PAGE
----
Australia takes stimulus to 10% of GDP and orders closures to combat coronavirus

By Lidia Kelly and Jonathan Barrett
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Australia takes stimulus to 10% of GDP and orders closures to combat coronavirus

The mostly deserted steps of the Sydney Opera House are seen on a quiet morning in Sydney

By Lidia Kelly and Jonathan Barrett

MELBOURNE/SYDNEY (Reuters) - Australia ordered pubs, cinemas, churches and casinos to close and two more states said on Sunday they would shut their borders, while the government pledged an extra A$66.4 billion ($38.50 billion) to combat the impact of the coronavirus.

Along with neighbouring New Zealand, Australia has brought in widespread measures to limit the spread of the virus, but they have been less stringent than the lockdowns in parts of Europe and North America where infection rates are higher.

Australia's new fiscal stimulus, the second in a week, will go to individuals in need and small and medium-sized businesses which account for about a third of output and employ more than 40% of the workforce, according to government statistics.

"We will be focusing on those in the front line, those who will be feeling the first blows of the economic impact of the coronavirus," Prime Minister Scott Morrison said in Canberra early on Sunday. "There will be more packages and more support." The package dwarfs the A$17.6 billion ($10.20 billion) in initial measures announced last week.

Morrison said later on Sunday that the country would close most public gathering venues from midday on Monday to enforce social distancing rules.

Many Australians appeared to disregard health warnings and flocked to pubs and beaches at the weekend amid a warm autumn spell.

The number of coronavirus infections has risen quickly in recent days, climbing to 1,098 confirmed cases as of Sunday morning with seven recorded deaths linked to COVID-19.

Almost all sectors will be affected by the forced closures, although restaurants, cafes and catering businesses will still be able to offer delivery and take-away services.

"That is a very, very regretful decision. But a necessary one," Morrison said at a conference late on Sunday.

Schools in Australia are set to remain open, Morrison said, although Victoria, the country's second most populous state, will end its first term on Tuesday, a few days early.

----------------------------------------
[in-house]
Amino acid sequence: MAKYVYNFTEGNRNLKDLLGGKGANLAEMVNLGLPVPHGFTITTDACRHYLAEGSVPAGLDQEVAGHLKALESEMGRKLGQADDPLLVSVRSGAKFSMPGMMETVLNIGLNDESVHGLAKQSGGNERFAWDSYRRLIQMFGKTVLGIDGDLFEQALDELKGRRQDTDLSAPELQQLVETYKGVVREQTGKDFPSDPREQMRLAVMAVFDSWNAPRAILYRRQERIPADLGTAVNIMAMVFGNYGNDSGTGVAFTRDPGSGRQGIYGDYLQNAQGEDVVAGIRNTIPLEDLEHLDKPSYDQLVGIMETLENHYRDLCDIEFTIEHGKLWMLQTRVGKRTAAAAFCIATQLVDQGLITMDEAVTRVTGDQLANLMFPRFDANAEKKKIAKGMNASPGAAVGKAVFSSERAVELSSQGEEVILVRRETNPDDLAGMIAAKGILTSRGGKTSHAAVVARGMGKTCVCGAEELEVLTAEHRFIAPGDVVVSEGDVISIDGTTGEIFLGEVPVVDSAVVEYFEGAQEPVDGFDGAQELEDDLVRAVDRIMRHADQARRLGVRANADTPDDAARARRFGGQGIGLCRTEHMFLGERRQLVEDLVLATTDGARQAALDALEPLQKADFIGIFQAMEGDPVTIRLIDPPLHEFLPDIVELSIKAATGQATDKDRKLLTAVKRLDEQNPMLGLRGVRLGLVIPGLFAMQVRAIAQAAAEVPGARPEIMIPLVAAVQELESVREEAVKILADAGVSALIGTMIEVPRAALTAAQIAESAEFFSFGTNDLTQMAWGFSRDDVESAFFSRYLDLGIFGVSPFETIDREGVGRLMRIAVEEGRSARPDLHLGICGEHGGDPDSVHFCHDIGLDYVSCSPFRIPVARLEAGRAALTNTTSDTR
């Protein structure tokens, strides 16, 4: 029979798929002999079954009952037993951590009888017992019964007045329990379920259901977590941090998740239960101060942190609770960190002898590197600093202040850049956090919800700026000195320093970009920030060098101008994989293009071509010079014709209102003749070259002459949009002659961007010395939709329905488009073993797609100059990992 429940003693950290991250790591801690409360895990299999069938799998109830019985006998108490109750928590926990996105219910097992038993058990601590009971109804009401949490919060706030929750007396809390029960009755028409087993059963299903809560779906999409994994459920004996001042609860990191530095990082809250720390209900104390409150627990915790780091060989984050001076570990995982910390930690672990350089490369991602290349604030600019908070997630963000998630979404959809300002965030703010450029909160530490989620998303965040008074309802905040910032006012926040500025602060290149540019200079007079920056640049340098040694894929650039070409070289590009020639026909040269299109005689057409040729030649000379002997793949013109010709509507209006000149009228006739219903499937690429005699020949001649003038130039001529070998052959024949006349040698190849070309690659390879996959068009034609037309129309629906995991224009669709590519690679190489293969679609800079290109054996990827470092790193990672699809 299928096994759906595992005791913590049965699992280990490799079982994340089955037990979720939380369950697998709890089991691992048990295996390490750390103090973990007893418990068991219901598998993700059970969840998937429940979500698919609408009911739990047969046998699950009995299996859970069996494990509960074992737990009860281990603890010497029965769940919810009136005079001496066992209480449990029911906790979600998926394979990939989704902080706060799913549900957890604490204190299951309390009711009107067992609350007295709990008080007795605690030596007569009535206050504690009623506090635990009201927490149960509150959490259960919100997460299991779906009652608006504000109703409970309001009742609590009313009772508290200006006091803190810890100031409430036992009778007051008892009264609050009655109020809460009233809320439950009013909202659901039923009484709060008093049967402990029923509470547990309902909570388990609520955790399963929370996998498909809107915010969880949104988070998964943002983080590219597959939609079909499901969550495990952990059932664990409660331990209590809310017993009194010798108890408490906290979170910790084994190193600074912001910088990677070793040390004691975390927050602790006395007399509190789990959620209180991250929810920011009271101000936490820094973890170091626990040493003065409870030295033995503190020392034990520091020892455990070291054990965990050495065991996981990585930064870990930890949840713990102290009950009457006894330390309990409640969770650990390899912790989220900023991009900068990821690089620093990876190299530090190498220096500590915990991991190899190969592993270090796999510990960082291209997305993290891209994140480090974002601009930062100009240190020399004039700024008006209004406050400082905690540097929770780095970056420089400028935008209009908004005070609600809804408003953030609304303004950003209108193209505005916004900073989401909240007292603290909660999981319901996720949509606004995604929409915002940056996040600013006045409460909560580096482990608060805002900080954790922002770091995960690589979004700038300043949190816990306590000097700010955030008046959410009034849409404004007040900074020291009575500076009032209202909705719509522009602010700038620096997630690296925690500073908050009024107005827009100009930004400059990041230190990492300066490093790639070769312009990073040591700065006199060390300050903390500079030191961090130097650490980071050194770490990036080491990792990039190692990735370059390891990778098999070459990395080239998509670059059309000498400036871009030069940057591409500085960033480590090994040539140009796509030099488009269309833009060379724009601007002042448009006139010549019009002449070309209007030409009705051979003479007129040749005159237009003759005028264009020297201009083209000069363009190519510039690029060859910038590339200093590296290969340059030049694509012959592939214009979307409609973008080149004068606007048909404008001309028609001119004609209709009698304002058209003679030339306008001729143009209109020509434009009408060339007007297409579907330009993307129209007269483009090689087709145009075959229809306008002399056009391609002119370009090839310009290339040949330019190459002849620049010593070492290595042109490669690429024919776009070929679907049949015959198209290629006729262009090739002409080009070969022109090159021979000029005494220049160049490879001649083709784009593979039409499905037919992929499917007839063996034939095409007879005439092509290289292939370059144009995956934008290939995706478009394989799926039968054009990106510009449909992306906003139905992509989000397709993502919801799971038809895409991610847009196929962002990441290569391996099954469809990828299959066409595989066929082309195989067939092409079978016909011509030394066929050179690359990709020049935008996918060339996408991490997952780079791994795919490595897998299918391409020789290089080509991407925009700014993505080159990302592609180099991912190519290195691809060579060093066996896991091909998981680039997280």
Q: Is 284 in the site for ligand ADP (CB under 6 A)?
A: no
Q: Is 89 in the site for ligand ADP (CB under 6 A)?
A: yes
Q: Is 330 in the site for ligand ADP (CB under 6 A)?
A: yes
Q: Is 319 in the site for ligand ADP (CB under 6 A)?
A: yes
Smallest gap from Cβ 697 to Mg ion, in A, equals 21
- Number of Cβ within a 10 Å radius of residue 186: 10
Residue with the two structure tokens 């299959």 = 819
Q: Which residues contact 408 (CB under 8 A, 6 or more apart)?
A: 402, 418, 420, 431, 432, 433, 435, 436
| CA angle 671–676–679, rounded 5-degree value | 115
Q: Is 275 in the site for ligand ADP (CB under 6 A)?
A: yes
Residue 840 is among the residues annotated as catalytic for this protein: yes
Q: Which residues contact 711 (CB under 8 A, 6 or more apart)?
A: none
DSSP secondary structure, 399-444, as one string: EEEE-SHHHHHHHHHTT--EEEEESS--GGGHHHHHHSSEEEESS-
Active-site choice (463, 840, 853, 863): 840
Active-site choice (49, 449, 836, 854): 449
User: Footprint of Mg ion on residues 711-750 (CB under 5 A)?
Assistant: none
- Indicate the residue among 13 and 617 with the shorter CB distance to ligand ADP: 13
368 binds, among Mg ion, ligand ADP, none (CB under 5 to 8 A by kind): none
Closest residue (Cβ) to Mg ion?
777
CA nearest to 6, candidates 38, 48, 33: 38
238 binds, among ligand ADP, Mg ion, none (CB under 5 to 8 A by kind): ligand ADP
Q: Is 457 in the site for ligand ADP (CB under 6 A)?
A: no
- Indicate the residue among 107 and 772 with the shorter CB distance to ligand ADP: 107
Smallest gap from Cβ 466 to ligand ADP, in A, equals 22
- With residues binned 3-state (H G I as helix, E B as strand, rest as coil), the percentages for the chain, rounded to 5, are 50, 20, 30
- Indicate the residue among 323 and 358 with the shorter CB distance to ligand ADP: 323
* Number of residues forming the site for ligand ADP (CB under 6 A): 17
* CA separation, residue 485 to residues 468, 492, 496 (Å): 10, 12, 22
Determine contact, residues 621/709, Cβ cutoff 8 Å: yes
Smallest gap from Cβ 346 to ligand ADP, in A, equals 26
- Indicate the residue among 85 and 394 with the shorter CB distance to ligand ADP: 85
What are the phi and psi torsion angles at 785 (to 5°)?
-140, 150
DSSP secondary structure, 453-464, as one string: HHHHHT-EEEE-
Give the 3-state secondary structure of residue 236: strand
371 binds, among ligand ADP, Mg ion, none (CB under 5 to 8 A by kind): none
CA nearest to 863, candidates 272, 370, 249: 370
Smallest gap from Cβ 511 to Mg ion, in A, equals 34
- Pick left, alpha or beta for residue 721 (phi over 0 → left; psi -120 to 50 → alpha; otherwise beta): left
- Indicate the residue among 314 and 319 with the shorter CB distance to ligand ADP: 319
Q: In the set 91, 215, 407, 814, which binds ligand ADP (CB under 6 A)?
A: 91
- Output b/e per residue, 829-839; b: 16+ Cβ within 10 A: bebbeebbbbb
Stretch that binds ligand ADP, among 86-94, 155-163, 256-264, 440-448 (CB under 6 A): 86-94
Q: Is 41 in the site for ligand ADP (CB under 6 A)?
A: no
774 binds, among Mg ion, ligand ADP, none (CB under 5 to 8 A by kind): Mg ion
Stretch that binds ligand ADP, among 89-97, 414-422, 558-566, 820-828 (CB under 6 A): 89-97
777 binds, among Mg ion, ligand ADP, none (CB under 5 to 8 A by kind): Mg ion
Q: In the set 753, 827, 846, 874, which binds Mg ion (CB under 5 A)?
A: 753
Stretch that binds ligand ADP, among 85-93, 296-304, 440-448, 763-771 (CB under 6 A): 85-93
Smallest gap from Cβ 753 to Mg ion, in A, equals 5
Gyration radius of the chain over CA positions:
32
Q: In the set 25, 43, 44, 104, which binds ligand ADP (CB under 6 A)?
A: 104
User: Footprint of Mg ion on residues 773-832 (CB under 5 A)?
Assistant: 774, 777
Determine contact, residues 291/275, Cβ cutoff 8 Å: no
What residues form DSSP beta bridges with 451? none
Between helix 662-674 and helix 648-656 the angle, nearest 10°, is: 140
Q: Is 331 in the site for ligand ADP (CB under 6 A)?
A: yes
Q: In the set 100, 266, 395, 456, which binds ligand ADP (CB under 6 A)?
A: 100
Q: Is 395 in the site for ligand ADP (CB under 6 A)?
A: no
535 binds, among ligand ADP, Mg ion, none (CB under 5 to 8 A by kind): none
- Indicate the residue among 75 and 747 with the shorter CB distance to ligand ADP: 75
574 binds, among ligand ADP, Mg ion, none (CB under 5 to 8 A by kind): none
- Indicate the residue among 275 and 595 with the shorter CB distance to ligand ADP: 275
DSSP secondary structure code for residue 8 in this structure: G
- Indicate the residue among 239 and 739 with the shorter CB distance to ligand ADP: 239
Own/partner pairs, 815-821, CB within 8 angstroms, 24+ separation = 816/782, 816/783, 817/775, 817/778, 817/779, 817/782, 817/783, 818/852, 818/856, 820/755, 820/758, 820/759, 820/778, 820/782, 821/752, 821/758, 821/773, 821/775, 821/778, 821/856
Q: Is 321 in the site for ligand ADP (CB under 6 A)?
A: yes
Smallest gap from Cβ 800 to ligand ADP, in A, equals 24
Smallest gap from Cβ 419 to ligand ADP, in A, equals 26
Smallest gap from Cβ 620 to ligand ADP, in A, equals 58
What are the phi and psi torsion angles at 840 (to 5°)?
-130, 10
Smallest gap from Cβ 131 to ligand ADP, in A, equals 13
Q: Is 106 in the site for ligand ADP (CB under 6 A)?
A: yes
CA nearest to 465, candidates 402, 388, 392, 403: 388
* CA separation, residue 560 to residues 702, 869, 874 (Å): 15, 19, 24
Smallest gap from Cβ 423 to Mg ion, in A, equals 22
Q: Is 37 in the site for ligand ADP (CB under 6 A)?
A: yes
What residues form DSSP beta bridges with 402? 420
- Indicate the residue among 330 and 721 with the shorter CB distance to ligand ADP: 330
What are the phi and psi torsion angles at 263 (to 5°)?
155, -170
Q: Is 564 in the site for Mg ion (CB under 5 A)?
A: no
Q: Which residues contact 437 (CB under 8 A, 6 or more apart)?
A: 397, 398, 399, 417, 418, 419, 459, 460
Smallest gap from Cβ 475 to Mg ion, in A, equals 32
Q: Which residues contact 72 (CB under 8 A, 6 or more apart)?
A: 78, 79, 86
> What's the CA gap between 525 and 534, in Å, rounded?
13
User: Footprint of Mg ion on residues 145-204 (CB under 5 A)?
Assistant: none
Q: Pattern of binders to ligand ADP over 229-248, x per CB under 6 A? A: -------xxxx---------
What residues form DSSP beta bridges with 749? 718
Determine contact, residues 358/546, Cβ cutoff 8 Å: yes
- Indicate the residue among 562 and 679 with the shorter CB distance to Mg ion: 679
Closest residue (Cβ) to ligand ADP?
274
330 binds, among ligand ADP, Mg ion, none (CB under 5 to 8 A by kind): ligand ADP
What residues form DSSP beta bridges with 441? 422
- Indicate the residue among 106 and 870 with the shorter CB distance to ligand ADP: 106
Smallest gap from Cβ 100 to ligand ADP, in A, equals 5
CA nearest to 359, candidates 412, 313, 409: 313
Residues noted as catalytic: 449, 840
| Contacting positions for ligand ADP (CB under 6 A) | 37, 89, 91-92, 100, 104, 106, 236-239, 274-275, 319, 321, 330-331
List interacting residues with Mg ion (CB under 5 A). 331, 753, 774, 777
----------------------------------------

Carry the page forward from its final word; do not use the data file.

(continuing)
South Australia and Western Australia on Sunday said they would close their borders as of Tuesday to restrict the movement of people, following similar actions in the Northern Territory and Tasmania announced last week.

The other three states and one territory, home to much larger populations, remained open.

The Australian Football League (AFL), which has been reluctant to suspend its games, said on Sunday the 2020 top flight Australian rules season would pause until the end of May.


ECONOMIC HIT

Together with emergency banking measures and the initial stimulus package, Australia has now announced financial measures equalling about 10% of the country's annual gross domestic product, the government said.

Morrison said the government would help underwrite loans to small and medium-sized businesses and boost unemployment benefits as companies are forced to lay off staff.

Jobseekers will get extra money and people in financial stress will also be able access some of their pension funds, while some not-for-profits and small businesses will have access to cash grants to keep staff employed.

One of Australia's largest employers, Qantas Airways <QAN.AX>, said last week it would put 20,000 employees on leave as the virus has devastated the airline industry with scores of countries closing their borders.

"Some industries have effectively suffered instant downturns, with some already in recession," economists at the National Australia Bank said in a note.

While mineral-rich Australia has enjoyed a near 30-year stellar economic run and passed through the global financial crisis without falling into recession, economists are now forecasting a sharp pull-back in consumer spending.

"It is impossible to stop a recession because people are staying at home and are not spending, but this minimises the collateral damage where lots of companies go bust and the recession ends up being a lot deeper," AMP Chief Economist Shane Oliver told Reuters.


(Reporting by Lidia Kelly and Jonathan Barrett; Additional reporting by Colin Packham, Swati Pandey and Paulina Duran; Editing by Christopher Cushing and Philippa Fletcher)